There was ―fas’ dancin’ (what came to be called the shag) in every nook and cranny on the boardwalk. Carolina Beach was where the majority of people came to dance. An arcade was known as Danceland. The Green Lantern, which sold beer and rented surf mats during the day, also had a juke box. Nickels clanked in the nickelodeons and leather soles shuffled and slid across the sandy floors in special open-air juke joints, called ―sugar-bowls, as the surf pounded the background rhythm.
One of the oldest buildings, built in 1946, was ―smack dab in the middle of the boardwalk. It housed the ―Milk Pail restaurant, the Tijuana Inn and a swimmer‘s bath-house on the first floor. Upstairs was the Ocean Plaza Ballroom renowned for its big bands. With a 5,000-square-foot floor, the Ocean Plaza was the largest dance hall on the beach, holding 500 people, elbow to elbow. Large French double-door windows opened up for the ocean breezes. Here you could catch Jack Teagarden play trombone and watch the dancers, called jitterbugs.
The boardwalk at Carolina Beach teamed with service men. After World War II, fights broke out between the jealous service men and the jitterbugs, who were often called beach bums. There were fights with the Army, the paratroopers and the Marines.
Across from the Ocean Plaza was a club called The Roof one year and Bop City another. Jimmy Cavello’s Combo was the house band in 1948. Some of the best records used in the jukeboxes came from the black beach at Sea Breeze. The forbidden black jive music jumped the Jim Crow rope. Some of the popular records were Joe Liggins’ I’ve Got a Right To Cry, Paul Williams’ The Hucklebuck, Buddy Johnson’s Fine Brown Frame, Wynonie Harris’ Good Rockin’ Tonight, Erskine Hawkins’ Tippin’ In, Lucky Millinder’s Big Fat Mama and Count Basie’s One O’Clock Boogie. On the south end of the boardwalk, past Batson’s Jump Joint, was the Sugar Bowl No. 2, an open-air oceanfront dance floor, 70-by-30 feet, bounded by railings. THE STATE – JULY, 1994
September 8, 1943: Carolina Beach was boasting about its community clinic located in the back room of the old city hall on the boardwalk. Through the courtesy of Mrs. Homer Wysong, widow of the late Dr. Homer Wysong, this first aid station was equipped. The staff included three registered nurses and three Red Cross graduates and three volunteers. Mrs. Hannah Block of Wilmington and Carolina Beach worked hard to get this clinic started. She had the clinic room painted snow white. A course of Red Cross first aid was to be offered on Tuesday and Thursday nights at 7 p.m. for five weeks. WILM. NEWS, 9-9-1943.
June 16: “The Faces of Fort Fisher” – The stories of Fort Fisher detail the struggle for the Fort. But just as important are the stories of the people who populated the fort and its two battles. Join us as Dr. Chris Fonvielle discusses the people who lived, worked, fought, and died at Fort Fisher. Copies of his books will be on sale and can be signed by the author.
June 23 : “The WASP Program and Fort Fisher” – During World War II, the Women’s Airforce Service Pilots, or WASP, were the first women trained to fly our military’s front line arsenal. In July 1943, the first 25 specially selected women arrived at the Camp Davis Army Air Field with orders to provide targets for the Anti-Aircraft training happening in the area. Join us as Assistant Site Manager, John Moseley, presents this unique story and its connection to Fort Fisher’s Antiaircraft Firing Point.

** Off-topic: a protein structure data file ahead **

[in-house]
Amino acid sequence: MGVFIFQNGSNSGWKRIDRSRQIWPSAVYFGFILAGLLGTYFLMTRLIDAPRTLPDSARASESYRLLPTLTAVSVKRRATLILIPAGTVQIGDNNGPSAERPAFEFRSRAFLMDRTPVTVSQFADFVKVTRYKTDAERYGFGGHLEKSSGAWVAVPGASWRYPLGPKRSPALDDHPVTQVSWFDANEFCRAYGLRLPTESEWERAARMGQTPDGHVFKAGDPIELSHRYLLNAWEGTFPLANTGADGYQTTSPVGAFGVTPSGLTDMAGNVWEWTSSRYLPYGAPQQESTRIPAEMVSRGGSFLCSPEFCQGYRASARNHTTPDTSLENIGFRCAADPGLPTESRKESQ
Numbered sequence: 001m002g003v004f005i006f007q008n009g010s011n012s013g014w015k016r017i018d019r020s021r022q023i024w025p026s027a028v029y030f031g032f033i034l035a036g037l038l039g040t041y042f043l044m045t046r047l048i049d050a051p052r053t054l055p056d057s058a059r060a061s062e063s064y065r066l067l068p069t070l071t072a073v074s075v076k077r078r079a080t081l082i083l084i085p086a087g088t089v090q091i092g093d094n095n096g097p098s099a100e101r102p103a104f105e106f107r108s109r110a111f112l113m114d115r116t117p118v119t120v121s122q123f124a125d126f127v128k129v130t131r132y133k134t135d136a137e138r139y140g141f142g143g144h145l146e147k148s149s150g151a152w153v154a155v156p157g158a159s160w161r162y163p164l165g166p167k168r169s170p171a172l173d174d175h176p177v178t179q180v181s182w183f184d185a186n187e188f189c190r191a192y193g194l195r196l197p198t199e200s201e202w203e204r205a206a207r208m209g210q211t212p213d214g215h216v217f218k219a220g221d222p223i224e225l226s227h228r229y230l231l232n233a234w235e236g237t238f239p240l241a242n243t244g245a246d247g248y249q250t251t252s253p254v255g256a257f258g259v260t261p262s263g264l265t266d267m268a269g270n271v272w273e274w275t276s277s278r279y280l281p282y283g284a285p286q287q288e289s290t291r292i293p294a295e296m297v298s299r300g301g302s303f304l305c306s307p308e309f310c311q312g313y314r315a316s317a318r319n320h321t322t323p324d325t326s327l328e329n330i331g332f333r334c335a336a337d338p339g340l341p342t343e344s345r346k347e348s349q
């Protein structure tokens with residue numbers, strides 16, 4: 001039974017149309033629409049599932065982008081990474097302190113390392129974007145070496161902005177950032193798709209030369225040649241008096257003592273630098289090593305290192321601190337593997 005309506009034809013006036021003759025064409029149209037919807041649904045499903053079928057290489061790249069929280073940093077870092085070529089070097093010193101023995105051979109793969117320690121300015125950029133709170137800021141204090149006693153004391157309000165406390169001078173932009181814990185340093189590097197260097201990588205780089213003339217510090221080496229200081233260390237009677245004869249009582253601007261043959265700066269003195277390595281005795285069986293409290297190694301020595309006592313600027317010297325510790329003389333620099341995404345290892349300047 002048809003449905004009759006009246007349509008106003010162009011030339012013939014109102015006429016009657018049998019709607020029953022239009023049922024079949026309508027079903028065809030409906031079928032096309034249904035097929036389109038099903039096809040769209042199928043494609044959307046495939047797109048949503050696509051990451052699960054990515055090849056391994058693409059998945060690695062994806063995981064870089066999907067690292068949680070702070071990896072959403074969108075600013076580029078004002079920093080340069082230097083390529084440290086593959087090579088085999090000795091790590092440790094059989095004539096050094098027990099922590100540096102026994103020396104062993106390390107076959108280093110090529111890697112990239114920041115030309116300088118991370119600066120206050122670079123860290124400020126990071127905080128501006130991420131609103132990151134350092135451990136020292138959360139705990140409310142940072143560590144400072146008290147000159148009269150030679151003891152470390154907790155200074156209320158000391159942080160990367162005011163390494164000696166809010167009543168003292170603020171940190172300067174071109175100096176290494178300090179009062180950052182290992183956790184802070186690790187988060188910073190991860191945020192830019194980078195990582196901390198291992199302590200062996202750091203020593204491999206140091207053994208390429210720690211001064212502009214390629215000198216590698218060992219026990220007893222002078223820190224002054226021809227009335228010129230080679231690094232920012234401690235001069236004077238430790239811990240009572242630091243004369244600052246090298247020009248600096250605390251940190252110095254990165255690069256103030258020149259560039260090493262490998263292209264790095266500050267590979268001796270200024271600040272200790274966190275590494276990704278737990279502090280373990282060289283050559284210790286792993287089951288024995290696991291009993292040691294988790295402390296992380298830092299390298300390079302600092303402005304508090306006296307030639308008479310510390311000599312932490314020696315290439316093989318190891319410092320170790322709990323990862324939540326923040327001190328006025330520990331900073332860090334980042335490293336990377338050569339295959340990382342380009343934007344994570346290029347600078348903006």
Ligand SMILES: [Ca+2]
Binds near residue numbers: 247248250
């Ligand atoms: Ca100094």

June 30: “The Roots of Colonial Resistance to Stamp Act and the Road to Revolution” – Parliament’s Stamp Act of 1765 focused colonial resistance to Great Britain’s attempts to impose new taxes on the colonies without the consent of colonial legislatures. The rise of colonial resistance was also based on fiscal policy leading to an attempt to arrest British officials in Brunswick Town and placed Governor Tryon under a short house arrest. Join us as Fort Fisher Interpreter, Rick Morrison, a retired US Navy Captain, discusses this unique facet in our local history.
July 7: “The Silent Sentinels” – We pass them all the time. They dot our State’s roads, parks and cemeteries. John Winecoff, of the North Carolina Military History Society, has spent years documenting all the military memorials in North Carolina’s 100 counties. They are the silent witnesses to the sacrifices of our men and women in over 243 years of our country’s history.
July 14: “At the Mercy of the Angel of Death: The 1862 Wilmington Yellow Fever Epidemic” – During the Civil War, the mosquito carried a dark and deadly secret. Learn how this little bug and its pathological comrades waged their own biological warfare upon unsuspecting soldiers and citizens. Shannon Walker, Interpreter at Brunswick Town Fort Anderson State Historic Site, will be here to discuss this insect and the deadly Civil War medical issues it brought.
July 21: “General Lee’s Immortals” – During the Civil War, North Carolina fielded numerous infantry, artillery, and cavalry units. One of those units was the Brach-Lane Brigade in the Army of Northern Virginia. The unit formed in 1861 and fought from the Seven Days’ battle to the final surrender at Appomattox. Join historian and author, Michael C. Hardy, and explore this history of one of North Carolina’s storied units in the Civil War.
July 28: “Welcoming Sherman: Wilmington and the Cape Fear” – With the fall of Wilmington, Federal forces were able to use the Cape Fear River as a much needed supply base. Mr. Wade Sokolosky, a retired career army officer, will discuss the US Navy and Army’s use of the Cape Fear River to support Sherman’s troops in Fayetteville. Copies of his book on the Battle of Wyes Fork will be on sale and can be signed by the author.
August 4: “A Post-War Confederate Sailor: Finding H.S. Lebby, Blockade Runner and Privateer” – Sailors’ Snug Harbor, New York, a retirement home for the purpose of caring for ‘worn out and decrepit sailors,” opened its doors in 1833 on Staten Island to all seamen from all countries. Henry Sterling (H. S.) Lebby noted on his application he had worked on merchant vessels for the US. And yet, it is clear from records in South Carolina, H.S. Lebby was not the man he claimed to be. Who is Captain Lebby and why is he in New York living out his last years at Sailors’ Snug Harbor?